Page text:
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EU Porn Ban? MEPs Attack 'Gender Stereotypes Resolution' Proposal For International Women's Day

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It's the continent that brought the world Page Three and nudist beaches, but these images could be on their way to being banned on the internet, beginning with a resolution at the European Parliament next week.

Ostensibly, on its title alone, no-one could object to the resolution "on eliminating gender stereotypes in the EU", announced to mark International Women's Day.

It was introduced to by Dutch MEP Kartika Liotard, recommending a "ban all forms of pornography in the media," including what it refers to as "the digital field."

It also calls for the establishment of regulatory agencies with "a mandate to impose effective sanctions on companies and individuals promoting the sexualisation of girls."

The chances of a EU-wide ban on porn are, undoubtably, slim, with many stages of reports and votes which would have to pass before the idea got anywhere near law. But it is the vague wording that has worried some, as the word "media" is undefined.

Many believe that a ban on pornographic images in the media would have a postive effect on the fight against sexism. Jacqui Hunt, the London director of Equality Now told HuffPost UK: "The media has a privileged place within contemporary society.

"Equality Now encourages all measures which seek to build a truly equal and democratic society, where women and girls do not have to experience prejudice or fear physical and psychological abuse."

Christian Engström, a Swedish MEP for the Pirate Party, voiced strong criticism of the motion. On his blog, he wrote: "As always, the devil is in the detail.

"To a certain extent, the exact meaning on this proposed ban on pornography is unclear, since neither the 1997 resolution nor the text we will be voting on next week contains any definition of what is meant by ”in the media”.

"Magazines and cable television would presumably be considered to be ”media” by most people, but what about the internet? Without any definition of ”media” in either of the two resolutions, the answer is not obvious from reading just those two articles, at least not to me.

"This is quite clearly yet another attempt to get the internet service providers to start policing what citizens do on the internet, not by legislation, but by ”self-regulation”. This is something we have seen before in a number of different proposals, and which is one of the big threats against information freedom in our society.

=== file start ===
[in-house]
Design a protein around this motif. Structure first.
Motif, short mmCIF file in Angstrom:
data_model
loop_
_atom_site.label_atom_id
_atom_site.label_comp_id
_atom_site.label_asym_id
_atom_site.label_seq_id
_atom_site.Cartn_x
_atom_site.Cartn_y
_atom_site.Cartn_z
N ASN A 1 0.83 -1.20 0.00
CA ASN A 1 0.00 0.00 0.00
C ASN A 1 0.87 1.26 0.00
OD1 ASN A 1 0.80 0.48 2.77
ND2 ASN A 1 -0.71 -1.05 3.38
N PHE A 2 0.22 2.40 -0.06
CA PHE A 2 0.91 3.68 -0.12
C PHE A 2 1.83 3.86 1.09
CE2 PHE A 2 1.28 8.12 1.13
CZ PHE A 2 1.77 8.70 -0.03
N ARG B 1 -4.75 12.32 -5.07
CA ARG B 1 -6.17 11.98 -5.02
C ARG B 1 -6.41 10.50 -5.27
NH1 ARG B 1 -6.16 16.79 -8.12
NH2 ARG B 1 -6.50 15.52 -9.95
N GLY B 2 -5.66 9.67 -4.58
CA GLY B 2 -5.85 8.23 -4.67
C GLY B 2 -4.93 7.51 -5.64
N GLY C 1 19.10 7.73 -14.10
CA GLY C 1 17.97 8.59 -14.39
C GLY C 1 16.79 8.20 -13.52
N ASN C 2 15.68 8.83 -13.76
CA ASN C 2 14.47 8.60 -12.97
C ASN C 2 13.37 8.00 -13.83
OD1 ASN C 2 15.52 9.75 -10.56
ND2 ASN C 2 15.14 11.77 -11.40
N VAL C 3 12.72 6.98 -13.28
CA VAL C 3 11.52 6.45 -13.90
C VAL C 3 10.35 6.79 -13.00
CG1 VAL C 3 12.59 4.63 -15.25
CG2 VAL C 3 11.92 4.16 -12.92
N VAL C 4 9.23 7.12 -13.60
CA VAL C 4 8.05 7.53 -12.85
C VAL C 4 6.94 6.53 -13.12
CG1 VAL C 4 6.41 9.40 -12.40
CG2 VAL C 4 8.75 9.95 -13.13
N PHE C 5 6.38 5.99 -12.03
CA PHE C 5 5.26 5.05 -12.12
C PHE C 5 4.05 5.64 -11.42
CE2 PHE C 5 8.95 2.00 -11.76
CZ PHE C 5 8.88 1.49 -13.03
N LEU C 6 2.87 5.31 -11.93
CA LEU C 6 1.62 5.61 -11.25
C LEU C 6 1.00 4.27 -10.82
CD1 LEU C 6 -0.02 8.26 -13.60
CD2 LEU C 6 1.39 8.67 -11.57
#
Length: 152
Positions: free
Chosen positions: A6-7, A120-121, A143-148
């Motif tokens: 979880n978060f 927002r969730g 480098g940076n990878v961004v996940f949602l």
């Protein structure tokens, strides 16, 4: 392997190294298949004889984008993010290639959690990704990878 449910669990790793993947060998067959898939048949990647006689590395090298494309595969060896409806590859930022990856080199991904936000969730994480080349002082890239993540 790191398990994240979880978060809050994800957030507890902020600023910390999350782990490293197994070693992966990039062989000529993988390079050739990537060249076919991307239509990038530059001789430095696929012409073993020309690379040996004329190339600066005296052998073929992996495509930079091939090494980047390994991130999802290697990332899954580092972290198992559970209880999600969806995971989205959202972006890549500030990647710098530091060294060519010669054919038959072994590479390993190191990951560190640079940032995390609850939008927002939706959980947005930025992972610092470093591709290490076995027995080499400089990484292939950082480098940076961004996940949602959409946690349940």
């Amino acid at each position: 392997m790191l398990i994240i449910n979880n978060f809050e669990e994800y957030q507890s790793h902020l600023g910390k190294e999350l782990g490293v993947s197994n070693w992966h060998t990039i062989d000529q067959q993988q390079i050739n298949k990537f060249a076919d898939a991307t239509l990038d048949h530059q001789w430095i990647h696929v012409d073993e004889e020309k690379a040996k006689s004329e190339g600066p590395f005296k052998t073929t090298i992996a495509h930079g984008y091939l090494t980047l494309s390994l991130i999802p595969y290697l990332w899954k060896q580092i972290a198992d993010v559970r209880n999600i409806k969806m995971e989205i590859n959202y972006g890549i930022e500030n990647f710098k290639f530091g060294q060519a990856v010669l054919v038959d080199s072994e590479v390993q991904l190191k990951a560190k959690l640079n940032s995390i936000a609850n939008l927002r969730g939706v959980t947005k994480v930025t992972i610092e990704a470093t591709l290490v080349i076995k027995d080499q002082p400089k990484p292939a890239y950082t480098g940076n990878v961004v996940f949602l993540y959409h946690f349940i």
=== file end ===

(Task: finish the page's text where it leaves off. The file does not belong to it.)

"Although I completely agree that eliminating outdated gender stereotypes in the EU is a worthwhile goal, I will be voting against this resolution next week."

The vote on the report is not legally binding on any state if passed, but could pave the way for further legislation.

The issue has caused understandable consternation online. Engström reported receiving many hundreds of emails on the subject, as did his European colleagues. But he also reported that the IT system later had emails from constituents blocked.

"The IT department of the European Parliament is blocking the delivery of the emails on this issue, after some members of the parliament complained about getting emails from citizens.

"This is an absolute disgrace, in my opinion. A parliament that views input from citizens on a current issue as spam, has very little democratic legitimacy in my opinion.

"I will be writing a letter to the President of the European Parliament to complain about this totally undemocratic practice."

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But even internet safety organisations are loathe to support such a measure. John Carr, secretary of the Children's Charities' Coalition on Internet Safety, told HuffPost UK: "While one can understand people's anxiety about what porn children might access online, and it's a good sentiment, one cannot imagine this would garner support, it's too illiberal and too impractical."

In February, an Icelandic politician's proposed ban on Internet pornography was roundly criticized by free speech advocates.

Printed pornography and strip clubs are already banned in Iceland.

Last week, an international group of free speech campaigners, activists and academics issued an open letter to Iceland Interior Minister Ogmundur Jonasson condemning the proposed online pornography ban. I

"Iceland is a liberal democratic state which should not serve as a role model for Internet censorship," the letter read, warning that blocking pornographic content online "may create demand for an underground porn industry, unregulated and most certainly affiliated with other illegal activities."

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